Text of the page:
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CARB Low NOX Stage 3 Program - Final Results and Summary

Journal Article
2021-01-0589
ISSN: 2641-9645, e-ISSN: 2641-9645
Published April 06, 2021 by SAE International in United States
CARB Low NOX Stage 3 Program - Final Results and Summary
Sector:
Citation: Sharp, C., Neely, G., Zavala, B., and Rao, S., "CARB Low NOX Stage 3 Program - Final Results and Summary," SAE Int. J. Adv. & Curr. Prac. in Mobility 3(4):1508-1525, 2021, https://doi.org/10.4271/2021-01-0589.
Language: English

Abstract:

Despite considerable progress over the last several decades, California continues to face some of the most significant air quality problems in the United States. These continued issues highlight the need for further mobile source NOX reductions to help California and other areas meet ambient air quality targets mandated by the U.S. EPA. Beginning in 2014, the California Air Resources Board (CARB) launched a program aimed at demonstrating technologies that could enable heavy-duty on-highway engines to reach tailpipe NOX levels up to 90% below the current standards, which were implemented in 2010. At the same time, mandated improvements to greenhouse gas emissions (GHG) require that these NOX reductions be achieved without sacrificing fuel consumption and increasing GHG emissions. The CARB demonstration program has progressed through several stages since it was initiated, and the Stage 3 Low NOX program completed in 2020 represents the culmination of these technology demonstration efforts. This effort, using a 2017 production diesel engine as a baseline, demonstrated a combination of technologies that enabled Low NOX emission levels near the 90% reduction target, while at the same time maintaining GHG emission rates at the same levels as the base engine.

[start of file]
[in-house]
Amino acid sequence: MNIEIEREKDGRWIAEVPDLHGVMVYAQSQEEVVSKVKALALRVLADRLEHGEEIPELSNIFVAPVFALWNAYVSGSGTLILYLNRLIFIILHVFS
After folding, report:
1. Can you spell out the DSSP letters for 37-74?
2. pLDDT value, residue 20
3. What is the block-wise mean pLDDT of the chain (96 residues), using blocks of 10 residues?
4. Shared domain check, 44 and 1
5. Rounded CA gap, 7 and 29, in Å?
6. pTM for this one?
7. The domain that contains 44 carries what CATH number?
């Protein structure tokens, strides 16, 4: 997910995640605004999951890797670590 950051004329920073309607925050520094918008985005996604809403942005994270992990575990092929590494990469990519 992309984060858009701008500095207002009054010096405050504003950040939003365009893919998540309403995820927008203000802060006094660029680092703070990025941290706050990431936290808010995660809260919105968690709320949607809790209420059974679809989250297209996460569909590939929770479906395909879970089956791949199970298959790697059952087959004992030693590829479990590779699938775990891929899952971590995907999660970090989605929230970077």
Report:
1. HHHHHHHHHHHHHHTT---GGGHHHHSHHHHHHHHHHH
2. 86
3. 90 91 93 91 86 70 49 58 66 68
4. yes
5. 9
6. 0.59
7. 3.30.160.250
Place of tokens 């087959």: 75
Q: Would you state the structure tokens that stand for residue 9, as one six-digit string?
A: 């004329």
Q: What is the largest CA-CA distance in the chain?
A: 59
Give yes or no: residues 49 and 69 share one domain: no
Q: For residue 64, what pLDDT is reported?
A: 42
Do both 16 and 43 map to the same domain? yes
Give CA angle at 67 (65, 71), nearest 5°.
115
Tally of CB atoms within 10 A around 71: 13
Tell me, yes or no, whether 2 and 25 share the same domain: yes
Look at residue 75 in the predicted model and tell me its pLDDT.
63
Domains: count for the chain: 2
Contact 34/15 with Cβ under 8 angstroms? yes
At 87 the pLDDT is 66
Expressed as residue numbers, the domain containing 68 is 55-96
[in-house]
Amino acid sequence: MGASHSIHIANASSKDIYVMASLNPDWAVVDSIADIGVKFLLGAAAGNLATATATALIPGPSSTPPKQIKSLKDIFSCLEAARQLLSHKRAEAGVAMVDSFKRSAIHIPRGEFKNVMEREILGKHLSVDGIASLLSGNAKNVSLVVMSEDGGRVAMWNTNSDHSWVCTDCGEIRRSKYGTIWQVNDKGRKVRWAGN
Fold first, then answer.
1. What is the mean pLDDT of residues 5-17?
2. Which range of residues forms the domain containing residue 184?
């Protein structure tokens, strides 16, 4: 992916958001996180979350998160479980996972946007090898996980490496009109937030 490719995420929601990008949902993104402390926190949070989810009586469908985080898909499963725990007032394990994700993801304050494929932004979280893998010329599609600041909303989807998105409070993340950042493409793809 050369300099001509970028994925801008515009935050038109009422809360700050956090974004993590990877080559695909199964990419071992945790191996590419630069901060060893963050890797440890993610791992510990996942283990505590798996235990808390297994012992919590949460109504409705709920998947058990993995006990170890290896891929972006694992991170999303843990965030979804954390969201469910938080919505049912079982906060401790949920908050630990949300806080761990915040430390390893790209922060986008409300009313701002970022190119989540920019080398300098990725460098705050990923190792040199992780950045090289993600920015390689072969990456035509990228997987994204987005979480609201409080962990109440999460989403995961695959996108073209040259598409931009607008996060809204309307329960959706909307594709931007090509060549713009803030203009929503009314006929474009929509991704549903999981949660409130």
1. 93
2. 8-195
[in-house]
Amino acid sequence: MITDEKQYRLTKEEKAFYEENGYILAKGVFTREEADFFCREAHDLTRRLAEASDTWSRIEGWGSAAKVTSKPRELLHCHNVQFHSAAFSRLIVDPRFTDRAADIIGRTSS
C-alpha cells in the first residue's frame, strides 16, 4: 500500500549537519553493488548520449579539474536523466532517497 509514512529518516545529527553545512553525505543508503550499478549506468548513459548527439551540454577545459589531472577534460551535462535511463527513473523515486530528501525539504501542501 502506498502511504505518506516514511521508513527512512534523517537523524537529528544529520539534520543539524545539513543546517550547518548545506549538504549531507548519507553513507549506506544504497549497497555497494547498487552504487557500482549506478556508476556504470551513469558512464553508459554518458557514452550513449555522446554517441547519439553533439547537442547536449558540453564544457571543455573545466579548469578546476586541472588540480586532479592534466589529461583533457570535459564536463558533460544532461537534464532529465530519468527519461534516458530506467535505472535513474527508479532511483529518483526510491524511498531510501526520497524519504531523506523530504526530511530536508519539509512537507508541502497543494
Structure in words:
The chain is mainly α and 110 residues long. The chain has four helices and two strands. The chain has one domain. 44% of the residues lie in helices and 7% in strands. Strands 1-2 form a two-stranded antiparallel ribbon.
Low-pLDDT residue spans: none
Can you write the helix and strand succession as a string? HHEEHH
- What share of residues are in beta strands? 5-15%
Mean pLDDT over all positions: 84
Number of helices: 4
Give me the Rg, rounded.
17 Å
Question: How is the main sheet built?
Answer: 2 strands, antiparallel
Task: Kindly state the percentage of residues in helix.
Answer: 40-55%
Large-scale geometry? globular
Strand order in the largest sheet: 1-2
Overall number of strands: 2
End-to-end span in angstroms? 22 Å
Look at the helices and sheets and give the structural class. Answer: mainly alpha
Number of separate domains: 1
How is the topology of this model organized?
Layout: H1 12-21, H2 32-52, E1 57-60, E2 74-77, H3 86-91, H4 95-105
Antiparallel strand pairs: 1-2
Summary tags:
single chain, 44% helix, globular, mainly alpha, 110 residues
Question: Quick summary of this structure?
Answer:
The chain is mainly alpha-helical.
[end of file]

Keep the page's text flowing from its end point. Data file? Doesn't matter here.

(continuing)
Previous publications have gone into detail regarding individual elements of the Stage 3 technology package. This paper will present a summary of the final configuration and final results of the Stage 3 program, including results for the fully aged aftertreatment system after the equivalent of 435,000 miles of operation. The performance of the final test article will be shown over a variety of both regulatory duty cycles and other off-cycle operations. The final fuel consumption and GHG performance of the system will also be described based on the benchmarking methods specified by EPA in the Phase 2 GHG standards.